What’s the Plan Undergirding Police Abolition?

Even the staunchest believers acknowledge that this transformation may not happen overnight.

SIGN OF THE TIMES: A banner mounted by Portland Equity in Action along North Mississippi Avenue. (Aaron Mesh)

I always thought “police abolition” meant replacing the current system with a kinder, less racist force, but my anarchist friend says it means no forcible policing at all. Presumably no one is suggesting we let rapists and murderers run wild, so what’s the plan? —Well-Intentioned Liberal

Thanks for the minefield of a question, Liberal. (I’ll know I’ve answered it properly if, after I’m done, every person in Portland hates me equally.)

Certain Trump 2020 campaign ads notwithstanding, police abolitionists do not advocate letting thugs and psychos murder at will. That said, many believe that civilian-on-civilian violent crime (A) is overstated, (B) isn’t mitigated by policing anyway, and (C) when it does happen, can be solved without resorting to violence.

Roughly 95% of the discussion around a potential post-cop world seems to be people arguing about A and B. C seems most germane to your question, though, so let’s skip ahead: How would a cop-free regime solve the problem of, say, Hannibal Lecter turning up in the back of my ambulance?

There are several schools of thought about this. The most fulsome vision is one in which we reorient society toward eradicating poverty, mental illness, lack of education, substance abuse and the other root causes of crime. In this scenario, Hannibal’s quirks would have been spotted in childhood by caring professionals, who would have gotten him the help he needed long before he could fricassee you or anyone else.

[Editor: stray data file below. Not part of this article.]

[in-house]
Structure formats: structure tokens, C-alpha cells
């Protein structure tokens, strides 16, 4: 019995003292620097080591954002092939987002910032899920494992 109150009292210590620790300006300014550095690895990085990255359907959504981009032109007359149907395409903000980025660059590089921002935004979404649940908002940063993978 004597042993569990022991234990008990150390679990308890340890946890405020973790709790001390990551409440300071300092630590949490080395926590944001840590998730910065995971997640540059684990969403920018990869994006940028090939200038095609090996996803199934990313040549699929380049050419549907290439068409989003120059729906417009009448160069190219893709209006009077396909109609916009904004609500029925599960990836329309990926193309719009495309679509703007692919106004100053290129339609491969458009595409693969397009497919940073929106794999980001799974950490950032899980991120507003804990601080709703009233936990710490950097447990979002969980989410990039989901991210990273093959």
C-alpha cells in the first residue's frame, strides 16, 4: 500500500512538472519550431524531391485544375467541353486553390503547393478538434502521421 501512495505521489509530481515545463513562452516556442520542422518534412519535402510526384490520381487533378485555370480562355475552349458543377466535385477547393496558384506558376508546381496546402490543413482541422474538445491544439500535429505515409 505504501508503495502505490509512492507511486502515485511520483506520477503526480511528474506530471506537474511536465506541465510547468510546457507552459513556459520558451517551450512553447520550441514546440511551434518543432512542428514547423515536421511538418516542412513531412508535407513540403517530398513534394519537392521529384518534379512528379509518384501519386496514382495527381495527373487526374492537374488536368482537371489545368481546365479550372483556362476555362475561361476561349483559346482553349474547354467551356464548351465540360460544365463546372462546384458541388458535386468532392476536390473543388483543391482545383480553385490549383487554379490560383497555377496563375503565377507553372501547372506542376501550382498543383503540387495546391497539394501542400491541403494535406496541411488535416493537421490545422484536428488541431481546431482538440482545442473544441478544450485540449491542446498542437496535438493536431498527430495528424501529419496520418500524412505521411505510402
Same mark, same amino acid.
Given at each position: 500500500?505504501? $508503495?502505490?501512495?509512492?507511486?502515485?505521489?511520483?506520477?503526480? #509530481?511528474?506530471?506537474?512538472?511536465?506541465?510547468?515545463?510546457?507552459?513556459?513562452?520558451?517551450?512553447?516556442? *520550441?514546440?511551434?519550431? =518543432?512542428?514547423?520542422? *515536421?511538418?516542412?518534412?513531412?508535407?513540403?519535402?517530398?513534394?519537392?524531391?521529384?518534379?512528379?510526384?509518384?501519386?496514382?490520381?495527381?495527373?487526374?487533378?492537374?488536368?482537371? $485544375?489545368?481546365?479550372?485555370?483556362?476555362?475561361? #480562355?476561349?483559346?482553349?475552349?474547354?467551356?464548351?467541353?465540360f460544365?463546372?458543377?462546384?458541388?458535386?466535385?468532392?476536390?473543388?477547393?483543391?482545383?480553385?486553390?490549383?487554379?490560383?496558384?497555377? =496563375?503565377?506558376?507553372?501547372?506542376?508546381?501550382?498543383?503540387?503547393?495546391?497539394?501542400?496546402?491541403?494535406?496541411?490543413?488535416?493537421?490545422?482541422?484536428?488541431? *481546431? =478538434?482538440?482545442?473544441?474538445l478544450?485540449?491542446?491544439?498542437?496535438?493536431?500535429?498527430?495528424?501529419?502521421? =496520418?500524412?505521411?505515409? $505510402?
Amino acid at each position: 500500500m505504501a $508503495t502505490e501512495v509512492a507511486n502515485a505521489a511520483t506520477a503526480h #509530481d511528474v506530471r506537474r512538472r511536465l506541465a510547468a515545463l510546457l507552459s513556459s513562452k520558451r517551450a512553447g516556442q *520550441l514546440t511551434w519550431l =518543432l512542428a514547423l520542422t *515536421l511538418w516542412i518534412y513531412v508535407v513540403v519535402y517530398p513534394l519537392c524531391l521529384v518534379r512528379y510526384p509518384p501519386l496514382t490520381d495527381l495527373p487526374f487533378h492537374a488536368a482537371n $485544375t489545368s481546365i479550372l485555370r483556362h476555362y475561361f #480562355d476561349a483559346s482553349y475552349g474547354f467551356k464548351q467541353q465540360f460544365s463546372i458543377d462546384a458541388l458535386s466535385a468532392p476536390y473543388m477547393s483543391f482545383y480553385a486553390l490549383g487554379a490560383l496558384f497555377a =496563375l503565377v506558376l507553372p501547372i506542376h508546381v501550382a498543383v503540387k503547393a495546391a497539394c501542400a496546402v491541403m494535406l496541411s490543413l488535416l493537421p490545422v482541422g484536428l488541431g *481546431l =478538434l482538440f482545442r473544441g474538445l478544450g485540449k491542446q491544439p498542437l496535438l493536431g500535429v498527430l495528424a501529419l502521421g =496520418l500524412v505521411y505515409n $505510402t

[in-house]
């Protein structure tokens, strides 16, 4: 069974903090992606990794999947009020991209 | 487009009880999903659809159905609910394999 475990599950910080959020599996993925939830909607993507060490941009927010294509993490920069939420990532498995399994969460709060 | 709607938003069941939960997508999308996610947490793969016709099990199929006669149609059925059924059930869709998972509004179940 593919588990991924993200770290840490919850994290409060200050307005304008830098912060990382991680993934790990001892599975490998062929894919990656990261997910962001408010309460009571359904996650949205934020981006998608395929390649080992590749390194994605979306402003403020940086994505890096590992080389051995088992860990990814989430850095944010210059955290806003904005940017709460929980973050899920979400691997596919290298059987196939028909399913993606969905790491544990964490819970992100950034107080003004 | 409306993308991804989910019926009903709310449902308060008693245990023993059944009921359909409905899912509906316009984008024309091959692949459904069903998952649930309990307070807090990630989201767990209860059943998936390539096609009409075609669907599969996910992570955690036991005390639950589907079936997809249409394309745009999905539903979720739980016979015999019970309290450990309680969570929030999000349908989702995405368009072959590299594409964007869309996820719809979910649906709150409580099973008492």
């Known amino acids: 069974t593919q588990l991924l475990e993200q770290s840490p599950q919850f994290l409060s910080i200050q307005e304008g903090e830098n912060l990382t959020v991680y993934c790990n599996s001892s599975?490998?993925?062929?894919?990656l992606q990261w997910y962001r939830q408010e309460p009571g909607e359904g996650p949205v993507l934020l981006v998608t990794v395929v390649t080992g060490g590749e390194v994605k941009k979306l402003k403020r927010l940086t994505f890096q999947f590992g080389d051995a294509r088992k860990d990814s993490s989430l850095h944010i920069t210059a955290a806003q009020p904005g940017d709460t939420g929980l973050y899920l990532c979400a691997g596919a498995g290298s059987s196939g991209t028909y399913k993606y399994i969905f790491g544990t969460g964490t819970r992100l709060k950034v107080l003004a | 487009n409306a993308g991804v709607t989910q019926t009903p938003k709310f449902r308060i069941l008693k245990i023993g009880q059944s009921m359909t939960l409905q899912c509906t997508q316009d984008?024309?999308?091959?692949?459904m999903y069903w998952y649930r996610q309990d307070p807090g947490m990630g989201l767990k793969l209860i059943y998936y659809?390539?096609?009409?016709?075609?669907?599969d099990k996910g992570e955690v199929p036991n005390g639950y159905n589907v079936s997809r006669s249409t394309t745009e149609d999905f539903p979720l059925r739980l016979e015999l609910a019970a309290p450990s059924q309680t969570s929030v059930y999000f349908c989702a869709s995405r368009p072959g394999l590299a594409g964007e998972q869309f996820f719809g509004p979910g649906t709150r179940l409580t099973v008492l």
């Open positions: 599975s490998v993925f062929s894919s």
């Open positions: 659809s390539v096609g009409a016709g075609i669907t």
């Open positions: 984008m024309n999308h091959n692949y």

See? Easy-peasy! Still, even the staunchest believers acknowledge that this transformation may not happen overnight. During the transition to this better world (or maybe forever, if you subscribe to a less maximalist vision of abolition), we may need what one source* calls “a small, specialized class of public servants whose job it is to respond to violent crimes.”

I know what you’re thinking. These folks are different from police, however: They’re unarmed, and they’re trained in deescalation rather than violence. Of course, you’d need to recruit caring, compassionate people, or we’re right back where we started.

Then again, we could do that right now. The Portland Police Bureau is short-staffed; maybe more social workers, activists—hippies, basically—should apply. The bureau could tweak its hiring requirements: “HAIR: Must reach collar or below. TATTOOS: Visible at all times. FACIAL HAIR: Mandatory.” I jest, but a critical mass of officers with the right mindset could make the difference. Be the change!

*”Police Abolition 101,” from Minneapolis activist group MPD150.

Questions? Send them to dr.know@wweek.com.

Willamette Week’s reporting has concrete impacts that change laws, force action from civic leaders, and drive compromised politicians from public office. Support WW's journalism today.